the slash-and-burn economics of the 1970s and 1980s generated a workforce strongly
antagonistic to certain corporate policies, which caused prolonged stress leading to

Encyclopedia of Life Support Systems (EOLSS)

HUMAN RESOURCES AND THEIR DEVELOPMENT Vol. II - Jeri Darling, Neal Chalofsky

employee burnout, increased absenteeism, medical leave and turnover costs. When a
more recent prosperous, tight labor market resulted in an effort to retain employees, the
subsequent organizational sensitivity to workforce interests has revealed a preference
among employees to work for socially responsible, ethically driven organizations that
allow the whole self to be brought to work. Another source of employer motivation
stems from advances in science and health care, which has established the role of an
integrated, wholistic approach to health (including the healing power of the mind and
spiritual fitness), which can mitigate the effects of stress and reduce health care
expenses.

U
SA NE
M SC
PL O
E
C EO
H
AP LS
TE S
R
S

Finally, the rapid rise of social interest in such matters is correlated with a generation of
baby-boomers experiencing mid-life review, although the craving for meaning in the
workplace spans all generations.
Large multinational companies such as Exxon,
AT&T, Boeing, Motorola, Levi-Strauss, Intel, Microsoft, as well as the National
Institute of Health and the World Bank are a few of the organizations that have found
value in exploring and implementing spirituality-based themes within their operations.
It is often operationalized as values-based business.
But the history for this movement goes much further back. Prior to about 1800, human
work for many was understood as part of a larger spiritual order: God had fashioned a
world, and humans imitated that labor through the manual arts and crafts. From
agriculture to smithing, ancient lore is filled with the mythic or sacred dimensions of
work and craft. In the west, this was celebrated through festivals, religious services and
within craft guilds, where the apprentice was initiated not only into the material
techniques of the craft, but also into its spiritual significance as well. Leaders,
historically, were also often perceived as carrying a spiritual task or duty.
The dramatic changes in how people worked and lived in the second half of the
nineteenth century were driven by four key processes: the move from farm to factory,
the dramatic increase in wage labor, the explosive growth of the cities, and the massive
increase in immigration. Each of these social processes solidified the relationship
between work and working for someone else. Prior to this time, many individuals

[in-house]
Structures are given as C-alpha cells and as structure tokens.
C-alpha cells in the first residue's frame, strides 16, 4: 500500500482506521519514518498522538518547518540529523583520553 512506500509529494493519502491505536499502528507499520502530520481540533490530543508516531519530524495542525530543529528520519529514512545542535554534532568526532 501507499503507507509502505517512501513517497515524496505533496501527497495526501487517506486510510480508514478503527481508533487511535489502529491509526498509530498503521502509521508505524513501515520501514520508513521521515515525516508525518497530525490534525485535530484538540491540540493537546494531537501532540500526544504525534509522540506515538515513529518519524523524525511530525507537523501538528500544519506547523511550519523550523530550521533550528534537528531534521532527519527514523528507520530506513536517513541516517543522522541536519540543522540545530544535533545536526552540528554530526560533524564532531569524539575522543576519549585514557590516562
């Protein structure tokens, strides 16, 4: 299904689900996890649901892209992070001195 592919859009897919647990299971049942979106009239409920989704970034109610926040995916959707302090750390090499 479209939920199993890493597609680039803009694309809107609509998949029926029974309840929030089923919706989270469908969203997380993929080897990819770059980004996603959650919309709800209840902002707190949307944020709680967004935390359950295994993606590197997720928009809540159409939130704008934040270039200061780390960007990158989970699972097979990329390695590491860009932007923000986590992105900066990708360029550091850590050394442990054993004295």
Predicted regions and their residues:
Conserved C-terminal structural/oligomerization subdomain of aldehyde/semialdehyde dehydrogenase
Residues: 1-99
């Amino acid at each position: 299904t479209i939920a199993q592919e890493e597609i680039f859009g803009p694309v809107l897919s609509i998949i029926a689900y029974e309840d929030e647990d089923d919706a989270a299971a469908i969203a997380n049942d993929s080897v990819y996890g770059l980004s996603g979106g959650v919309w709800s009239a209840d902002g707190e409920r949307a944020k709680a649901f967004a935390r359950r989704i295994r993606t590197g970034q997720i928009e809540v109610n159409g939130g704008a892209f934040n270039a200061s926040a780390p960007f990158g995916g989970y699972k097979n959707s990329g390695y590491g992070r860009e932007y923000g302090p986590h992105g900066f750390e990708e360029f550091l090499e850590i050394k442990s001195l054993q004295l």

worked for themselves as farmers and trades people. Gradually, with the industrial
revolution, the relationship of work to creating something, seeing the result of ones
efforts in a finished product, or taking pride in ones labor, was lost. In addition, the
factory started to separate the work of the tradesperson from the community, so that
one's work and personal life became less and less intertwined.
Briskin comments that as we are born into a century of valuing technology and
production over soulfulness and relationship, we carry a little bit of Frederick Taylor
within us. Through the discipline of efficiency and scientific management, focused on
controlling the worker, Taylor sought to sacrifice the individual to the industrial
workplace. He was motivated by a dream of Puritanism, embedded in the strategies of
efficiency, hoping that all impurities could be purified in the heat of right thinking.
Briskin contends that organizations that are reengineering today are still grappling with
Taylors legacy. There remains a belief that once reengineered; organizations will run
like the clockworks they were meant to be. Implementation of new technology,

Encyclopedia of Life Support Systems (EOLSS)

HUMAN RESOURCES AND THEIR DEVELOPMENT Vol. II - Jeri Darling, Neal Chalofsky

redesign of work processes, and clearer accountability of employees still holds a


seductive allure for those who wish to control the workplace.
As Margaret Wheatley points out in Leadership and the New Science, we have come to
confuse control with order and a mechanistic predictability with the patterns and flow of
dynamic living systems. For most of history management has been defined in terms
of its control functions. Lenin spoke for many managers when he said: Freedom is
good, but control is better.
1.2 Defining Values and Distinctions

U
SA NE
M SC
PL O
E
C EO
H
AP LS
TE S
R
S

One of the most interesting and provocative areas of the emerging spirit at work
movement is the definitional side of it. What is meant by spirituality in the
workplace does it imply religion, or particular organizational values, or simply an
individual search for meaning?
It is still unclear what it means in practice. Spirituality is difficult to define because of
its ineffability and because of the pluralist nature of the term. While spirituality may be
broadly related to some desirable individual and organizational outcomes, it is still not
clear what aspect(s) of spirituality, or which elements of it, are most important. The
term itself means different things to different people. It can be seen as a journey
towards the sacred, however sacred is defined. It can also be seen as a search for